Lock wrote:Hehe... With RC/friction drive ya could reward good behaviour. "Hey son wanna go to the park and snap on the power-assist?"
This bamboo Ajiro concept bicycle rethinks both our means of transportation and the ways we manufacture our vehicles. Designed by Monash University student Alexander Vittouris, the Ajiro utilizes a production process that removes emissions instead of releasing them into the Earth’s atmosphere. That’s because the bamboo structure of this vehicle is grown straight out of the ground into a preformed mold. Vittouris envisions fields of bamboo gardens growing these human powered bicycles, which need only small modifications once mature to hit the streets.
An Electronic Bamboo Bike Made of Sustainable Materials
30 Sep 2011
French design firm Fritsch Associes made an electronic bike solely out of sustainable natural materials: bamboo, cork, steel, aluminium and rubber.
The 'T20' is an in-between of a bike and scooter that measures 180x60x120 cm, with a seat/backrest made of hybrid cork.
It is powered by a small electric motor, which is hidden beneath the footrest, and cruises at 21.7mph (35km/h) for up to 24.8 miles (40 kilometers).
Similar to a scooter, users have to manually push the T20 forward until it gets going, before it can start accelerating.
The bike is a prototype that was created as part of an ongoing research project to investigate on “themes of changing our behavior and sustainable development”.
Looking forward to seeing watt his new "Pornobike" looks like.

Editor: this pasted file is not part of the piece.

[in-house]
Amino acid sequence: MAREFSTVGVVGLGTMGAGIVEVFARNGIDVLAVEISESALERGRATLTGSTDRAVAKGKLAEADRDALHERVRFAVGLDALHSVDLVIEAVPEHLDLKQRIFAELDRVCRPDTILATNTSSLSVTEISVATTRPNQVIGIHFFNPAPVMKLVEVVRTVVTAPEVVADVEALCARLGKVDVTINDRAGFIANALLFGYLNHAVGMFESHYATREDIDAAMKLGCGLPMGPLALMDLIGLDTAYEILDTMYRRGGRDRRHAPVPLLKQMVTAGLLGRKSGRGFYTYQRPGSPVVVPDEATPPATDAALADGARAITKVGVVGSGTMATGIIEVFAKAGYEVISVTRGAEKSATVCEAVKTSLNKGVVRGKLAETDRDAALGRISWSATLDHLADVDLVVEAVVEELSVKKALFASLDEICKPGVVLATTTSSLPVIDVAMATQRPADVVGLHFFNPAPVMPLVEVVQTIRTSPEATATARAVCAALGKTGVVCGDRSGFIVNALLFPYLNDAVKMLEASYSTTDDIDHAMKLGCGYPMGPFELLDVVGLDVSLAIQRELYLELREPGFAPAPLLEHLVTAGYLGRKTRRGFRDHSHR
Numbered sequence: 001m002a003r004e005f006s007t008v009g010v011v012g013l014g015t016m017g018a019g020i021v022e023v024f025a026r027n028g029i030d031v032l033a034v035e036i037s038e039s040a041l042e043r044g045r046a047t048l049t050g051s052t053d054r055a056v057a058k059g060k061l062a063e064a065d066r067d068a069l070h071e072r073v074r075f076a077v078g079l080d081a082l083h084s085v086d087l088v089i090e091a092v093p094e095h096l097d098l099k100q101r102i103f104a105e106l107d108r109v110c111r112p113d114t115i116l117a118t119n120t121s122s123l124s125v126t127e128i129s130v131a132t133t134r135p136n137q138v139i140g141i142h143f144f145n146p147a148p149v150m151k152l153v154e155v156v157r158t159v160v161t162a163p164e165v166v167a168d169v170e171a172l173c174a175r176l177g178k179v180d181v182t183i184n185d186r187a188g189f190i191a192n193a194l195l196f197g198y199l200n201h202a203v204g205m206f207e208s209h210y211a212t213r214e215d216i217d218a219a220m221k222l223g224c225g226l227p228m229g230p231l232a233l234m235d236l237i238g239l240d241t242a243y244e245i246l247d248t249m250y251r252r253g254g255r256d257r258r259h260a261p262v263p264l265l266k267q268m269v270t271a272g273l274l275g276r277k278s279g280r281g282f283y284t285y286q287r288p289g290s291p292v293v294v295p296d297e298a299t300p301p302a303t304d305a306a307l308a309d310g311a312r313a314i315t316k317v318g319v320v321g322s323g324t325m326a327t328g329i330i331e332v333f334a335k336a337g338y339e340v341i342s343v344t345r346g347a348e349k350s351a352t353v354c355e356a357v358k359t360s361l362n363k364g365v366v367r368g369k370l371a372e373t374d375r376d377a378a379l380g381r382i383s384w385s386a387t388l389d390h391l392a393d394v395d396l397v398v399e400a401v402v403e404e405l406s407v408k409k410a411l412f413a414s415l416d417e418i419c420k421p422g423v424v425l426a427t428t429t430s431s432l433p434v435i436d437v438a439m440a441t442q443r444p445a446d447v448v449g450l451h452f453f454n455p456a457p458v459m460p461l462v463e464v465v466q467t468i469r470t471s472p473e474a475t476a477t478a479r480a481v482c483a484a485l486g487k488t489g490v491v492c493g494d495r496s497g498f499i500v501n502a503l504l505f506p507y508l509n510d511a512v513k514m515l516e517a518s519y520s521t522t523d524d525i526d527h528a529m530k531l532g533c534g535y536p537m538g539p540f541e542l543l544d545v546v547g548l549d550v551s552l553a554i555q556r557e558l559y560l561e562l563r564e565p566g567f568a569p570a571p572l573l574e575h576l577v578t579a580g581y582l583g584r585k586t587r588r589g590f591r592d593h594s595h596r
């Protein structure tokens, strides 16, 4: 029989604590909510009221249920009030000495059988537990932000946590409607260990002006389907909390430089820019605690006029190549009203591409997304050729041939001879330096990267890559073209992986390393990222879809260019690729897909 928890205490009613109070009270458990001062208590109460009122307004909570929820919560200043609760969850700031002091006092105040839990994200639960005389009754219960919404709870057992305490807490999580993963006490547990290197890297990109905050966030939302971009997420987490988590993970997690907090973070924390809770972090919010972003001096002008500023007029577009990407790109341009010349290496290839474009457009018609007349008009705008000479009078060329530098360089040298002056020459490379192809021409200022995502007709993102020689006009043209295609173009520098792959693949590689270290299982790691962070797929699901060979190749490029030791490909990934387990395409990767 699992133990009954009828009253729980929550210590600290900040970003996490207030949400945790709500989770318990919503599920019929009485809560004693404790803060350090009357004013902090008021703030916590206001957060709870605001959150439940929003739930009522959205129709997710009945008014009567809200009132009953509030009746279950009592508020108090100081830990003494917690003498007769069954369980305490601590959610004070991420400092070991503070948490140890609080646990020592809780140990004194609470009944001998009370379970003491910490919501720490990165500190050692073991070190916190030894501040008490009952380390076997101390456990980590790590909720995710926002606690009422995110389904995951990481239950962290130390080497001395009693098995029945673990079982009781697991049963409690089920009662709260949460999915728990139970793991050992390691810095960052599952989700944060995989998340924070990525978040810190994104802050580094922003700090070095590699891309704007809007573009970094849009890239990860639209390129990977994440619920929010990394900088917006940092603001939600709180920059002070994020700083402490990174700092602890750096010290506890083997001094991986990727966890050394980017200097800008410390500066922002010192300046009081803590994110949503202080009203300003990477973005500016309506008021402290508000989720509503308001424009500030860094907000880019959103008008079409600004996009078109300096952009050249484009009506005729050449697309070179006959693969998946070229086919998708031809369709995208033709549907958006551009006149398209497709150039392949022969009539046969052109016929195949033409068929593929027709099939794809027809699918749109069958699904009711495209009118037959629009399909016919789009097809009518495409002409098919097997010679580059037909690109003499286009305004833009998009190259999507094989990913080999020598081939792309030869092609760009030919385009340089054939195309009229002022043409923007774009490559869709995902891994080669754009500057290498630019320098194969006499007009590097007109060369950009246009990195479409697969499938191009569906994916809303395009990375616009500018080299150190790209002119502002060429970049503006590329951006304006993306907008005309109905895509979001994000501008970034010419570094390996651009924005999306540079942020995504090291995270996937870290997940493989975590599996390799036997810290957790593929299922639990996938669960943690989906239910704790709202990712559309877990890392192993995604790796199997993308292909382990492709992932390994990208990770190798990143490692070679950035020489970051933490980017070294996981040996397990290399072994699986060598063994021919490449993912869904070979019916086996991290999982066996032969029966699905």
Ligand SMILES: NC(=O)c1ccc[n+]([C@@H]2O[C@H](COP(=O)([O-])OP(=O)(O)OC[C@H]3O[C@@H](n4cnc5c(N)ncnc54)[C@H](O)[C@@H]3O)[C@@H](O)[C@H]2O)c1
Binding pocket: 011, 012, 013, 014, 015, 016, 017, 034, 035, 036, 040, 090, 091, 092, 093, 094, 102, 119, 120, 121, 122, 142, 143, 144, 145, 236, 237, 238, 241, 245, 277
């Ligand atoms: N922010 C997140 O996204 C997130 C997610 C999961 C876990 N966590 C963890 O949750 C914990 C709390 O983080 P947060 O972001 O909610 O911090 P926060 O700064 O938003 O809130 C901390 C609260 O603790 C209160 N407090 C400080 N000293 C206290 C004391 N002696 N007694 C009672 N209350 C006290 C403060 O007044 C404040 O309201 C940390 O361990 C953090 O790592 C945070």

...these wooden wheels are still manufactured in the Ghisallo Pass in Northern Italy.
The bikes are made by KawayanTech (Kawayan is a Filipino term for bamboo), a company whose objectives are to develop “indigenous forms of bikes and other alternative means of transport,” including bamboo bikes and bamboo skateboards as “social entrepreneurship,” according to its mission statement.
It was founded in 2009 by members of the University of the Philippines Mountaineers club, including Hecky Villanueva, an urban anthropologist; dive instructor and resort operator Boy Siojo; visual artist Eng Chan; U.S.-based educator John Climaco; and Eric Cadiz, an electrical engineer who also runs a motorcycle dealership.
Each one is handmade. The company gets its bamboo from suppliers in multiple parts of the Philippines, relying on varieties that are hard and durable, including some that are used for furniture and in construction. The bamboo is then dried to avoid splitting, with abaca, a plant fiber, used to join the poles together.
PINOY COMMUTER BIKE FRAME
Price - 10,000 Php
We named this the Pinoy bike frame because it is proudly made by pinoys.
It was Hecky's dream to help poor communities by providing them livelihood opportunities
and the Pinoy bike frame, with the help of GKONOMICS and ACCENTURE,
is the realization of that dream. These are crafted from the loving hands of the residents of
Gawad Kalinga in Sitio Pajo.
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